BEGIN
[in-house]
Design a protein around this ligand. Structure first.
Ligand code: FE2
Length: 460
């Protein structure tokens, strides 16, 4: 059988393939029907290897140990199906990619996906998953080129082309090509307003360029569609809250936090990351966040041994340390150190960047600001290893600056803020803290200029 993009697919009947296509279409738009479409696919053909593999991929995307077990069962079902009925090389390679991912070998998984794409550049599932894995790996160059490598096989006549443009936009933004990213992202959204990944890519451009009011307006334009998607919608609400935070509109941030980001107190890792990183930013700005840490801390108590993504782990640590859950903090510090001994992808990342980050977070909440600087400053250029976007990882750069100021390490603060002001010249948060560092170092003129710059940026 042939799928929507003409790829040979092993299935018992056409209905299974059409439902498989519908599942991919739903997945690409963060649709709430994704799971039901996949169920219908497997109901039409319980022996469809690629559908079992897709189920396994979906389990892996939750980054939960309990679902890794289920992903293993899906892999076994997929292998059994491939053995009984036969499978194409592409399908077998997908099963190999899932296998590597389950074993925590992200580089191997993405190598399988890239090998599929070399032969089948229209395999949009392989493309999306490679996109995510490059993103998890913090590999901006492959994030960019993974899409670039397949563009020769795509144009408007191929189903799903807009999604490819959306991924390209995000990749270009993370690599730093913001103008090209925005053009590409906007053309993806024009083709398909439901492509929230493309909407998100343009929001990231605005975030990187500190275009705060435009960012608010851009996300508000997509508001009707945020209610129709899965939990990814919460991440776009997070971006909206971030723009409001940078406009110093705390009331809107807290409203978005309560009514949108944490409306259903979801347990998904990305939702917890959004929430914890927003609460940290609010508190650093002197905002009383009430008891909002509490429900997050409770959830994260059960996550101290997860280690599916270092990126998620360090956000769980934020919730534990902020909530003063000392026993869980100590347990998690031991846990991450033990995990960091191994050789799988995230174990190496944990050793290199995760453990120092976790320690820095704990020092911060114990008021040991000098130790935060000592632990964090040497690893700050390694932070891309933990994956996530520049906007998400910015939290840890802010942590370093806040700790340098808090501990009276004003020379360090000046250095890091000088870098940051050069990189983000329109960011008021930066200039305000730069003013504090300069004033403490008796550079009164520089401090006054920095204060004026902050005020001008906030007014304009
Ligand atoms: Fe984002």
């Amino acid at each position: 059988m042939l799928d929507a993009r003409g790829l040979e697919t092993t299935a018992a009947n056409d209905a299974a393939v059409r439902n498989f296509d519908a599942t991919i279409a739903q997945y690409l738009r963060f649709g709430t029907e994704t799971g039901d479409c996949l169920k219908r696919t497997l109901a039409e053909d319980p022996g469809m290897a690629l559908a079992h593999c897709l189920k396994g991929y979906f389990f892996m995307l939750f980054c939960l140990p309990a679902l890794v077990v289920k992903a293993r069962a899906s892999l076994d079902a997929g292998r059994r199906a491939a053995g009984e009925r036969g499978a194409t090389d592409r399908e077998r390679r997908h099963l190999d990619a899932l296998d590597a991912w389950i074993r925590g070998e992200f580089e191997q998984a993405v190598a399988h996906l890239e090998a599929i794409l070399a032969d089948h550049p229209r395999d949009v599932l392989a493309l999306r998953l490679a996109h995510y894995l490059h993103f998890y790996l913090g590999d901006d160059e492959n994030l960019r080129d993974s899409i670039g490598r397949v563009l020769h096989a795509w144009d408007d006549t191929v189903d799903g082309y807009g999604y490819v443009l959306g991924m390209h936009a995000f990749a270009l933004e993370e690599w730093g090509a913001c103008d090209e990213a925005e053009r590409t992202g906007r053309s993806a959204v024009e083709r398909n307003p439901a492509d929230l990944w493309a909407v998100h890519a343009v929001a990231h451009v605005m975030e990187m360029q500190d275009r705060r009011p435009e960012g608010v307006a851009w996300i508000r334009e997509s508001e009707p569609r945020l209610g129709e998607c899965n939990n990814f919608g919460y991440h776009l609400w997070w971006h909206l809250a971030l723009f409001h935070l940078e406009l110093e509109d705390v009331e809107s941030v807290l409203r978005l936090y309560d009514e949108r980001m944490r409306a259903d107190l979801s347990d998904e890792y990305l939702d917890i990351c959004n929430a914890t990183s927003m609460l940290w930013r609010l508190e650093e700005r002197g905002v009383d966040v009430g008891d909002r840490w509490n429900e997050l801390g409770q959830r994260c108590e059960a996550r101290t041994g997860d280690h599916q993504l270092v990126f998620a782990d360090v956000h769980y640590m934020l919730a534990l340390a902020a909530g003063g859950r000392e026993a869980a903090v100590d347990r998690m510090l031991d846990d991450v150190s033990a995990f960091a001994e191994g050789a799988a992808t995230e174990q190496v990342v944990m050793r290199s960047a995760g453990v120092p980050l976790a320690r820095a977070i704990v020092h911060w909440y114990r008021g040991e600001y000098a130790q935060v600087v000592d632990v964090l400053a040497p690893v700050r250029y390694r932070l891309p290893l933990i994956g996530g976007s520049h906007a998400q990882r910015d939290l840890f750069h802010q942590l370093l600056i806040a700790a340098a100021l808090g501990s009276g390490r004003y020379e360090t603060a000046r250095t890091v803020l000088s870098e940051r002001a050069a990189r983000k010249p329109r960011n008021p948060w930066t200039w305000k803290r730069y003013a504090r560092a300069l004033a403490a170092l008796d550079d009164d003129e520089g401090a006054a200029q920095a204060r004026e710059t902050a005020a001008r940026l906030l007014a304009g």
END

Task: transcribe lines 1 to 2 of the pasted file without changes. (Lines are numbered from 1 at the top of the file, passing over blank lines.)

[in-house]
Design a protein around this ligand. Structure first.